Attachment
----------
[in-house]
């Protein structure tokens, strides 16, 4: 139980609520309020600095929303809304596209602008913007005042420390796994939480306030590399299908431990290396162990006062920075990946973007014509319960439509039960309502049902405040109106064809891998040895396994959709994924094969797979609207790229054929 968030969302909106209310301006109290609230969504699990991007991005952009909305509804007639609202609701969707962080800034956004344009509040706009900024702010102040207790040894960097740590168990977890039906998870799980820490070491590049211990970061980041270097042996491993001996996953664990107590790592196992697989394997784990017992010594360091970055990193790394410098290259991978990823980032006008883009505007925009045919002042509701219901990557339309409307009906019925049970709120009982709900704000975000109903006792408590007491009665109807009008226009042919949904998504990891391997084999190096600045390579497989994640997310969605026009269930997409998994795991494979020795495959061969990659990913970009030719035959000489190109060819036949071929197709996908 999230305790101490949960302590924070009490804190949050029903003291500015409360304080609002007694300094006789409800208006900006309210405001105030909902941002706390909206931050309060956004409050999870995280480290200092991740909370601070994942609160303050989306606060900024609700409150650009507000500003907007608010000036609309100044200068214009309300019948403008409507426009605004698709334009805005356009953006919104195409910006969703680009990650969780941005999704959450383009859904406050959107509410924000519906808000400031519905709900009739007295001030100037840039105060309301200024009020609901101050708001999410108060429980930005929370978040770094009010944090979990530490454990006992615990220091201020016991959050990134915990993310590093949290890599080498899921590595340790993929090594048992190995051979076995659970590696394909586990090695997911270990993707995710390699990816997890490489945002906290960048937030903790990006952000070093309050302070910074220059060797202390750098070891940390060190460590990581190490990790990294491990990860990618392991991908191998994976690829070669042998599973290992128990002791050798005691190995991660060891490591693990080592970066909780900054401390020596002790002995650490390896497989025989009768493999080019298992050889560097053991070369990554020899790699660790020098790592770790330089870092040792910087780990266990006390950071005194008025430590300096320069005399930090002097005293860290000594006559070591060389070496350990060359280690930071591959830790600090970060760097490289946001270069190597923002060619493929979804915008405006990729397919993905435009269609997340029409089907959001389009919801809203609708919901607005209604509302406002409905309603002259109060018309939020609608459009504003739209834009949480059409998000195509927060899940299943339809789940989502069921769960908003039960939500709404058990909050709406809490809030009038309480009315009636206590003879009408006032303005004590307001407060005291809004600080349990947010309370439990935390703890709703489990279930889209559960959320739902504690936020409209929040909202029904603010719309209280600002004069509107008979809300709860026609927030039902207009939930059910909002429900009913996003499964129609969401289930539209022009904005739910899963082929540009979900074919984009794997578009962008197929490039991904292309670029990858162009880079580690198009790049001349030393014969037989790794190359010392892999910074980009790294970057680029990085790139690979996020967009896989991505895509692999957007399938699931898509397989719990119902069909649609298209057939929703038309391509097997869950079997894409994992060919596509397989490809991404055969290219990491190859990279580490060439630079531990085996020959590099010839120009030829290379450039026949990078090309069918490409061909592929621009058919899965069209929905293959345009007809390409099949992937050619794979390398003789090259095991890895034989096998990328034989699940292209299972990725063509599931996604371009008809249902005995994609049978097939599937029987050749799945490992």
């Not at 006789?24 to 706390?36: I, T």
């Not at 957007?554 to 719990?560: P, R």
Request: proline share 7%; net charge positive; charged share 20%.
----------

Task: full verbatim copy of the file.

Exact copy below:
[in-house]
């Protein structure tokens, strides 16, 4: 139980609520309020600095929303809304596209602008913007005042420390796994939480306030590399299908431990290396162990006062920075990946973007014509319960439509039960309502049902405040109106064809891998040895396994959709994924094969797979609207790229054929 968030969302909106209310301006109290609230969504699990991007991005952009909305509804007639609202609701969707962080800034956004344009509040706009900024702010102040207790040894960097740590168990977890039906998870799980820490070491590049211990970061980041270097042996491993001996996953664990107590790592196992697989394997784990017992010594360091970055990193790394410098290259991978990823980032006008883009505007925009045919002042509701219901990557339309409307009906019925049970709120009982709900704000975000109903006792408590007491009665109807009008226009042919949904998504990891391997084999190096600045390579497989994640997310969605026009269930997409998994795991494979020795495959061969990659990913970009030719035959000489190109060819036949071929197709996908 999230305790101490949960302590924070009490804190949050029903003291500015409360304080609002007694300094006789409800208006900006309210405001105030909902941002706390909206931050309060956004409050999870995280480290200092991740909370601070994942609160303050989306606060900024609700409150650009507000500003907007608010000036609309100044200068214009309300019948403008409507426009605004698709334009805005356009953006919104195409910006969703680009990650969780941005999704959450383009859904406050959107509410924000519906808000400031519905709900009739007295001030100037840039105060309301200024009020609901101050708001999410108060429980930005929370978040770094009010944090979990530490454990006992615990220091201020016991959050990134915990993310590093949290890599080498899921590595340790993929090594048992190995051979076995659970590696394909586990090695997911270990993707995710390699990816997890490489945002906290960048937030903790990006952000070093309050302070910074220059060797202390750098070891940390060190460590990581190490990790990294491990990860990618392991991908191998994976690829070669042998599973290992128990002791050798005691190995991660060891490591693990080592970066909780900054401390020596002790002995650490390896497989025989009768493999080019298992050889560097053991070369990554020899790699660790020098790592770790330089870092040792910087780990266990006390950071005194008025430590300096320069005399930090002097005293860290000594006559070591060389070496350990060359280690930071591959830790600090970060760097490289946001270069190597923002060619493929979804915008405006990729397919993905435009269609997340029409089907959001389009919801809203609708919901607005209604509302406002409905309603002259109060018309939020609608459009504003739209834009949480059409998000195509927060899940299943339809789940989502069921769960908003039960939500709404058990909050709406809490809030009038309480009315009636206590003879009408006032303005004590307001407060005291809004600080349990947010309370439990935390703890709703489990279930889209559960959320739902504690936020409209929040909202029904603010719309209280600002004069509107008979809300709860026609927030039902207009939930059910909002429900009913996003499964129609969401289930539209022009904005739910899963082929540009979900074919984009794997578009962008197929490039991904292309670029990858162009880079580690198009790049001349030393014969037989790794190359010392892999910074980009790294970057680029990085790139690979996020967009896989991505895509692999957007399938699931898509397989719990119902069909649609298209057939929703038309391509097997869950079997894409994992060919596509397989490809991404055969290219990491190859990279580490060439630079531990085996020959590099010839120009030829290379450039026949990078090309069918490409061909592929621009058919899965069209929905293959345009007809390409099949992937050619794979390398003789090259095991890895034989096998990328034989699940292209299972990725063509599931996604371009008809249902005995994609049978097939599937029987050749799945490992």
């Not at 006789?24 to 706390?36: I, T």
């Not at 957007?554 to 719990?560: P, R």
Request: proline share 7%; net charge positive; charged share 20%.